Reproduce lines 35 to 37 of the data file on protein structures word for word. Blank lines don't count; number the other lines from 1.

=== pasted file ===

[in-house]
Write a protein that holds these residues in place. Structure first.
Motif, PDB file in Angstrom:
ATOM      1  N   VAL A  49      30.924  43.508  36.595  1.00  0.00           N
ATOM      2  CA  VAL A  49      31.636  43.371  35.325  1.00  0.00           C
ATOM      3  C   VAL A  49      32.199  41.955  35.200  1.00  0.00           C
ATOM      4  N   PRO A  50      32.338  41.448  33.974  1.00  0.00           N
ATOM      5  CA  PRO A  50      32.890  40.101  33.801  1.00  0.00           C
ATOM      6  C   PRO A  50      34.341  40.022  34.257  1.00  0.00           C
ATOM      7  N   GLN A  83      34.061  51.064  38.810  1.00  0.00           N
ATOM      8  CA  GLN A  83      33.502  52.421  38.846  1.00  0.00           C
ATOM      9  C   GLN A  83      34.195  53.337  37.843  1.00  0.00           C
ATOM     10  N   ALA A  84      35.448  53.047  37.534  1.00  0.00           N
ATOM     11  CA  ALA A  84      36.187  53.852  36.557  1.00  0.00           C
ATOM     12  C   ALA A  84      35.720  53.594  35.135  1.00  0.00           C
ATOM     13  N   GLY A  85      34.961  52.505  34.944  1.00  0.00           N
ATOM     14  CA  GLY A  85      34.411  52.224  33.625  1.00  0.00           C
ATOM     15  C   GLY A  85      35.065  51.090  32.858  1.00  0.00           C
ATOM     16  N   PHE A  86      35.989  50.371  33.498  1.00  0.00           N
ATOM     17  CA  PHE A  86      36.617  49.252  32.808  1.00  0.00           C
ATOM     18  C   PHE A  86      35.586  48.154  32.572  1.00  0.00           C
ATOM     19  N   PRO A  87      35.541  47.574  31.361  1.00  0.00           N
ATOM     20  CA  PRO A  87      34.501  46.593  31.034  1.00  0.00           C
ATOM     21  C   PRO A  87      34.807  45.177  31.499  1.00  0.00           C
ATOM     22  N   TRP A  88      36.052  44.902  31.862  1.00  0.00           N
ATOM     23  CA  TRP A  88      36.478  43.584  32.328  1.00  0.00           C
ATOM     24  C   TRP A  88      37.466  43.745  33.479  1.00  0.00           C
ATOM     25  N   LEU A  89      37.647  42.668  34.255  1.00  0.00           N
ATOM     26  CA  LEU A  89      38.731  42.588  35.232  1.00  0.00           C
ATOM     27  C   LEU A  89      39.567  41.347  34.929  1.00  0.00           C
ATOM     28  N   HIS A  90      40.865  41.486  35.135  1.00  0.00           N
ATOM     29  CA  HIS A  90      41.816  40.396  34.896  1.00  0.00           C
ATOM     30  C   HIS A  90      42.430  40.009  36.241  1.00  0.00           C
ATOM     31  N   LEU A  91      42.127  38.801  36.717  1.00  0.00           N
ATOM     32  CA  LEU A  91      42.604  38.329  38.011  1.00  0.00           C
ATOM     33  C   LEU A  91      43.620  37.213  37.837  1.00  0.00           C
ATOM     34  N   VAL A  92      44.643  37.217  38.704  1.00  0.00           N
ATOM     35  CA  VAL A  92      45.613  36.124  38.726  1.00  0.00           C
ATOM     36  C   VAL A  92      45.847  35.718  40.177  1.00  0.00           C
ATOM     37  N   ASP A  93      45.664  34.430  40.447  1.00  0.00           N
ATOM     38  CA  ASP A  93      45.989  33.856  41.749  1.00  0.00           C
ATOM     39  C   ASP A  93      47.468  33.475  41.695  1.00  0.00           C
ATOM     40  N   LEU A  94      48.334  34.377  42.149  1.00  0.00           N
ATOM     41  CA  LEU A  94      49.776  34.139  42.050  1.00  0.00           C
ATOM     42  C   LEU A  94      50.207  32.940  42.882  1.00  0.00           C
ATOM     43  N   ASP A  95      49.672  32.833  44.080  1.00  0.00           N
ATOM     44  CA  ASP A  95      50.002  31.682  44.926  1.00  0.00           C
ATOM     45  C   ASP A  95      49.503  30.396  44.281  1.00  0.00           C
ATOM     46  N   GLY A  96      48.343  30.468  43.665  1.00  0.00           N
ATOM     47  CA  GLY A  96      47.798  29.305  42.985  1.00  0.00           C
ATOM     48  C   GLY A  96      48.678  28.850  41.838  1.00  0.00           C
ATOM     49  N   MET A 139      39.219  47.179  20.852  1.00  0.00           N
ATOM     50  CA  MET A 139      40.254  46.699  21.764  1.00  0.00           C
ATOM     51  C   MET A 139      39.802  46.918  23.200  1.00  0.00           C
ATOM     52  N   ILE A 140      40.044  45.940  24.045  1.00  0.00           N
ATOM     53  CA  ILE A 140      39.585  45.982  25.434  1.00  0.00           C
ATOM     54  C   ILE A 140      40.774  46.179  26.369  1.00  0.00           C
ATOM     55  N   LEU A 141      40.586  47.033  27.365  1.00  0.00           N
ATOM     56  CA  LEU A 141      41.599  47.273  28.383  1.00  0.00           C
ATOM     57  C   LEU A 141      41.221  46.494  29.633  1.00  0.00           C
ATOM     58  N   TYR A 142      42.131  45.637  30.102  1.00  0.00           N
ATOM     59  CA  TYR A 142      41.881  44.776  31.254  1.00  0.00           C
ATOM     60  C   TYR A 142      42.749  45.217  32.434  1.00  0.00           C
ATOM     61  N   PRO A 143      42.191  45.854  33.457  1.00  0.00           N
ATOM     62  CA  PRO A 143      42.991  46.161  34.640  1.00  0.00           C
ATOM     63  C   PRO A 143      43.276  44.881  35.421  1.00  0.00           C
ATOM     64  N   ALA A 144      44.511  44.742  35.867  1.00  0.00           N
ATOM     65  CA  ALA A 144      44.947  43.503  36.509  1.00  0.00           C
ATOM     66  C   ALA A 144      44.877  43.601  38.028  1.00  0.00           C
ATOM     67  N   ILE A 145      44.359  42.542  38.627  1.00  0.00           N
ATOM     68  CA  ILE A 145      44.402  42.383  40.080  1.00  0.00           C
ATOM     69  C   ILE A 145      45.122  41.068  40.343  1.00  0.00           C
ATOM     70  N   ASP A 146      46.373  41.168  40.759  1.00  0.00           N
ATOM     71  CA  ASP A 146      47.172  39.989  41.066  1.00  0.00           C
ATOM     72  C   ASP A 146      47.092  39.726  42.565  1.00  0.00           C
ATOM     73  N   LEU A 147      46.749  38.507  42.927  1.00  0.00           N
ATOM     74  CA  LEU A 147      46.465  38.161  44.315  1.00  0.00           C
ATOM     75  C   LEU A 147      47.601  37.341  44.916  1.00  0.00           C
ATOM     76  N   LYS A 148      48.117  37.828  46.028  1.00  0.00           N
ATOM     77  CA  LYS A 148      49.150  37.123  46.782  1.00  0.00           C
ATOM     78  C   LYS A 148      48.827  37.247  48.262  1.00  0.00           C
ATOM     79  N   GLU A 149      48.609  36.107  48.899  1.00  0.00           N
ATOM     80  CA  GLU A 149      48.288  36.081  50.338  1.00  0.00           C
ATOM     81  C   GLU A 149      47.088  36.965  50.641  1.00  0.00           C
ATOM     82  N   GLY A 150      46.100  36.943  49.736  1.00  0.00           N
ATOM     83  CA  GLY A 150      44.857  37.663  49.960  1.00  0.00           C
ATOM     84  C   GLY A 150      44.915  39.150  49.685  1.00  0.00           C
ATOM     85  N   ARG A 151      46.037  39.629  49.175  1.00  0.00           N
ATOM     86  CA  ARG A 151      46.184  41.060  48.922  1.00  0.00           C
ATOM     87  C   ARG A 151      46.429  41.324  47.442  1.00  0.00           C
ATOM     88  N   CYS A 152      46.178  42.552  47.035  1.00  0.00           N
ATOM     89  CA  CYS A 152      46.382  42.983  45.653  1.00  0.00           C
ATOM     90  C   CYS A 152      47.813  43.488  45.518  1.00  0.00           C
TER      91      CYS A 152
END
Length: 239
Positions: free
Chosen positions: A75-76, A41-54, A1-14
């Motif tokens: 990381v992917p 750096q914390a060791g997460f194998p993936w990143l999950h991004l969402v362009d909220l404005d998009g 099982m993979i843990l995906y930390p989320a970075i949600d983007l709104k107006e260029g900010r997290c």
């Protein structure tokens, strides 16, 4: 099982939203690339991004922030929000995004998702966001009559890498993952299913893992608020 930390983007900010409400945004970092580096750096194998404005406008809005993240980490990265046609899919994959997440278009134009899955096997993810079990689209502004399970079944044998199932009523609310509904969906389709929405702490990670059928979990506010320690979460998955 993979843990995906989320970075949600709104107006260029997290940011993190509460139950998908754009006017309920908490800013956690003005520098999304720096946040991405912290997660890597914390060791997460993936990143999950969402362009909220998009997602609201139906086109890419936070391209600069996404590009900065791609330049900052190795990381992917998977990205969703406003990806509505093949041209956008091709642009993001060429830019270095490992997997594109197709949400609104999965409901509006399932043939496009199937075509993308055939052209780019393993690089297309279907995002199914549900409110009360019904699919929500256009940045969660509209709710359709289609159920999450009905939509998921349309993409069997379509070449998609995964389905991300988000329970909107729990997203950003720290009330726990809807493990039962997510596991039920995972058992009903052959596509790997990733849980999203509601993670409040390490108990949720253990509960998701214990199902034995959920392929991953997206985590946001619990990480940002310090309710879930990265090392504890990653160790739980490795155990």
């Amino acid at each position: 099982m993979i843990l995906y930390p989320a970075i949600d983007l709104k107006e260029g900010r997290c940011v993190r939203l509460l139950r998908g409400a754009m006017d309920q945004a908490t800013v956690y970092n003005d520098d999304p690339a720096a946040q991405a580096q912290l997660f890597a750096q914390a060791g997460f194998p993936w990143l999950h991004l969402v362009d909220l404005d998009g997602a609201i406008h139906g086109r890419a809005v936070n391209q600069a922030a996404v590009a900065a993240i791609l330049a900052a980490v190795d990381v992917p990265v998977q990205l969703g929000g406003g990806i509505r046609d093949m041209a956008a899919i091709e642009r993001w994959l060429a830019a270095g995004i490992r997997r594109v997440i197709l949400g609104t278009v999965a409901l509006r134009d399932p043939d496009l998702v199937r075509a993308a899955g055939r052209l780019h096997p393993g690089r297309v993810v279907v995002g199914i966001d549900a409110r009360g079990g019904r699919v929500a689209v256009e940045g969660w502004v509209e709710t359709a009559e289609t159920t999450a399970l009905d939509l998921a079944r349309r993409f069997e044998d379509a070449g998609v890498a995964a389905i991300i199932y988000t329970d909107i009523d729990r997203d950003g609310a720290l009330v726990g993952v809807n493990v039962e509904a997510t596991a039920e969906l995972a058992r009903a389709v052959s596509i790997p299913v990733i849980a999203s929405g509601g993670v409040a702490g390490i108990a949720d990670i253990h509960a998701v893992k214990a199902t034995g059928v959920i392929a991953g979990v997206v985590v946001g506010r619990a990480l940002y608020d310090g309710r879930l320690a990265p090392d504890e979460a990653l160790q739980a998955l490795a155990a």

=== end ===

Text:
ATOM     32  CA  LEU A  91      42.604  38.329  38.011  1.00  0.00           C
ATOM     33  C   LEU A  91      43.620  37.213  37.837  1.00  0.00           C
ATOM     34  N   VAL A  92      44.643  37.217  38.704  1.00  0.00           N